Partnering with industry to fight malaria



Edgar Deu is looking for new ways to develop antimalarial drugs and to overcome drug resistance among the parasites that cause malaria. There were 212 million malaria cases worldwide in 2015, according to the WHO.

His research group at the Francis Crick Institute combines chemical biology and genetic approaches to identify and validate new antimalarial targets. He is working in partnership with chemists and biologists from GSK on the identification and pharmacological validation of promising drug targets.

"GSK's expertise in designing compound libraries has been extremely valuable to our research, as has access to their synthetic chemistry knowledge and facilities in Stevenage," says Edgar. "This allowed a postdoc to generate a library of more than 100 compounds in less than three months. A task that would probably have taken over a year in a regular academic lab."

The Crick and GSK's 'Link Lab' partnership has given Edgar access to industry scientists' knowledge of chemistry, drug discovery, and pharmacology so that he can combine it with his own expertise in malaria research.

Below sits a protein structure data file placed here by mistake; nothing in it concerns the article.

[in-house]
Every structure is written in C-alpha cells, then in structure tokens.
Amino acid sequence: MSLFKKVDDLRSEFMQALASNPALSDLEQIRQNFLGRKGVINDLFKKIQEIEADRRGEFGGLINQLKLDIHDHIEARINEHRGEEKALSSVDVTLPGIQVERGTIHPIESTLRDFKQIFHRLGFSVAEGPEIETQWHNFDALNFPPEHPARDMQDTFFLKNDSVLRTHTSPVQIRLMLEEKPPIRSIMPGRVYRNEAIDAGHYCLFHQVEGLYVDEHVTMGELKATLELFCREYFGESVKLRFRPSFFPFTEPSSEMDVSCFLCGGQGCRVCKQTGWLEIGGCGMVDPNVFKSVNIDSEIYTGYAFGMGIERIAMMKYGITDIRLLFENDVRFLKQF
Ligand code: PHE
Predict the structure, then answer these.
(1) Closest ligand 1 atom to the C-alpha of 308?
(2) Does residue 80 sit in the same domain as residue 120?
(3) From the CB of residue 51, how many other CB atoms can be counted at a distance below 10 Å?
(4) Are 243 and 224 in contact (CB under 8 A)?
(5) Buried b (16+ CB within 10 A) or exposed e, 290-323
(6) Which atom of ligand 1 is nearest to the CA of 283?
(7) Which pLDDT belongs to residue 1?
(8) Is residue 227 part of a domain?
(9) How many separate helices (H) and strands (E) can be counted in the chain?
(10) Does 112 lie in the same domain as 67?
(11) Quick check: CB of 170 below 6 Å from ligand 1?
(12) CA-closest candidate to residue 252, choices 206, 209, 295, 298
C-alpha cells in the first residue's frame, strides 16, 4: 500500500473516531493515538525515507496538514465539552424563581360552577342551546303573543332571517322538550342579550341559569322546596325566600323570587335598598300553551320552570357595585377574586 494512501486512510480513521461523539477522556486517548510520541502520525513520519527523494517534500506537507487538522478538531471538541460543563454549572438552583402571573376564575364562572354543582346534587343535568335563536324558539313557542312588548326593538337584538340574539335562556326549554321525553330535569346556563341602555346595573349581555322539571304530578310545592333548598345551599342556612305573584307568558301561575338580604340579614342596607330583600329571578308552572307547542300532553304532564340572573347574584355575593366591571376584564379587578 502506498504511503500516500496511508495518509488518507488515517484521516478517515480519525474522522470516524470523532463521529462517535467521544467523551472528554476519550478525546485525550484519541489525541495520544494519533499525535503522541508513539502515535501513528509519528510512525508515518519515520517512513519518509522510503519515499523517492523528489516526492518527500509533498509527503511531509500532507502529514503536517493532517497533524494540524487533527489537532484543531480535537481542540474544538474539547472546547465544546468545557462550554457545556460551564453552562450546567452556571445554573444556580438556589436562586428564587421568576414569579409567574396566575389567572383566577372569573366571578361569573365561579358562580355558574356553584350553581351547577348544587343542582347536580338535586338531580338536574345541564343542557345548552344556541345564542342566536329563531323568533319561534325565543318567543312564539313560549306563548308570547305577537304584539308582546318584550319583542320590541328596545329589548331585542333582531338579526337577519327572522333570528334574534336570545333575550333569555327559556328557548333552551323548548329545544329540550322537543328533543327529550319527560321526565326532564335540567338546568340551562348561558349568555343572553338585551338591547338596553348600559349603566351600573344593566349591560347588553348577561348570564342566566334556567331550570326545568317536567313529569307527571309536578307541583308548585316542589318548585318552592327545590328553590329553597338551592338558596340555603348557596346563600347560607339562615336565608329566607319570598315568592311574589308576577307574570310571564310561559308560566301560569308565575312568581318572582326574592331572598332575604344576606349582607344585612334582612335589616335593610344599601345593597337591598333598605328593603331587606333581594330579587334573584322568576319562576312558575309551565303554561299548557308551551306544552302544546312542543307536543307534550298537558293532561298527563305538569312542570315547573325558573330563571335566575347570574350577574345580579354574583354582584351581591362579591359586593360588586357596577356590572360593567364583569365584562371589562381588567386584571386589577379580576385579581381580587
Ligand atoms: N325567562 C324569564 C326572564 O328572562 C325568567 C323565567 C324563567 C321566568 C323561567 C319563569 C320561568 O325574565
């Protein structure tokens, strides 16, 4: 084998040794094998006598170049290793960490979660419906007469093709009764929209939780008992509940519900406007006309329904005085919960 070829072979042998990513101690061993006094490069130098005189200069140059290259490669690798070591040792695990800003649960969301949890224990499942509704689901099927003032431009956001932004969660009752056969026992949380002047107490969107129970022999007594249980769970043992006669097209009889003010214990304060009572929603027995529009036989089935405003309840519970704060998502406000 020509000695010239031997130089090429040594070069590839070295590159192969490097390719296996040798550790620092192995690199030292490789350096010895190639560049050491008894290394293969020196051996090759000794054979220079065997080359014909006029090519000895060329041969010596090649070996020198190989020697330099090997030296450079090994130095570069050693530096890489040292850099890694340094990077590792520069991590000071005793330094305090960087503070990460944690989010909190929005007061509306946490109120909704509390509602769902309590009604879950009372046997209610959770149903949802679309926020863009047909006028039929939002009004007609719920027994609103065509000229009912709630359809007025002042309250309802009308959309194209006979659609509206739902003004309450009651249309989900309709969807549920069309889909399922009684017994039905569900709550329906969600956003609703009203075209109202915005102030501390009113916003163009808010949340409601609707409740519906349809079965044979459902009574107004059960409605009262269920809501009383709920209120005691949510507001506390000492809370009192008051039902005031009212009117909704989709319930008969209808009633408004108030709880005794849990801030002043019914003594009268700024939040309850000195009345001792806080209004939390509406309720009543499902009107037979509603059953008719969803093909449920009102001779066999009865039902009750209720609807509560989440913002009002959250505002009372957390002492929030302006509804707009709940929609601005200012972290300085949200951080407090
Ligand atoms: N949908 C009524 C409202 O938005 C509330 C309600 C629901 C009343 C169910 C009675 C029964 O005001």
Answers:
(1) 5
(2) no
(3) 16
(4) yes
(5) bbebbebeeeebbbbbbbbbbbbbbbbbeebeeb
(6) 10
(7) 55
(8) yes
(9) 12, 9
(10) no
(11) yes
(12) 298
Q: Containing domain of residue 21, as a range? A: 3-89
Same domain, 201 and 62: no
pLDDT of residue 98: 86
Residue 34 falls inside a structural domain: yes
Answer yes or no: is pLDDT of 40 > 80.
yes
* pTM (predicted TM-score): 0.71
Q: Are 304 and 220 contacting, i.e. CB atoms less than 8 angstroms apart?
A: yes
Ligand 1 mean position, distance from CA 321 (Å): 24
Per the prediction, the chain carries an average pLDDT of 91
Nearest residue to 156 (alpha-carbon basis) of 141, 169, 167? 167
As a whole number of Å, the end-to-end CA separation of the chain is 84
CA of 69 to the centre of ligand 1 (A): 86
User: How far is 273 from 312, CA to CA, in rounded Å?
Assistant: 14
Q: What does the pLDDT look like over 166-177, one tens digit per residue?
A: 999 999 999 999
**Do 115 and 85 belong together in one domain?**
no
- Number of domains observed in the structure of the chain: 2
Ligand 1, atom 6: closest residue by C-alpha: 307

Edgar's team has been given access to compounds generated by GSK in drug-development programs and is now testing them against malaria targets. GSK is actively involved in the research projects and shares information about the structure, mechanism of action and pharmacological properties of their compounds.

Through the Crick's partnership with GSK, Edgar has developed a stronger relationship with GSK's Malaria Drug Discovery Unit in Tres Cantos, Spain. It is likely that they will work together on pharmacological validation of antimalarial targets in the future. He has also been in contact with GSK medicinal chemists based in the USA to get a better understanding of how some of the molecules used in his research were designed and their pharmacological properties.

"All of our collaborations are ongoing but we have achieved quite encouraging results so far. This includes identification of very potent inhibitors of specific malarial targets, the genetic validation of two new antimalarial targets and the identification of new anti-parasitic compounds that might lead to the discovery of novel drug targets."

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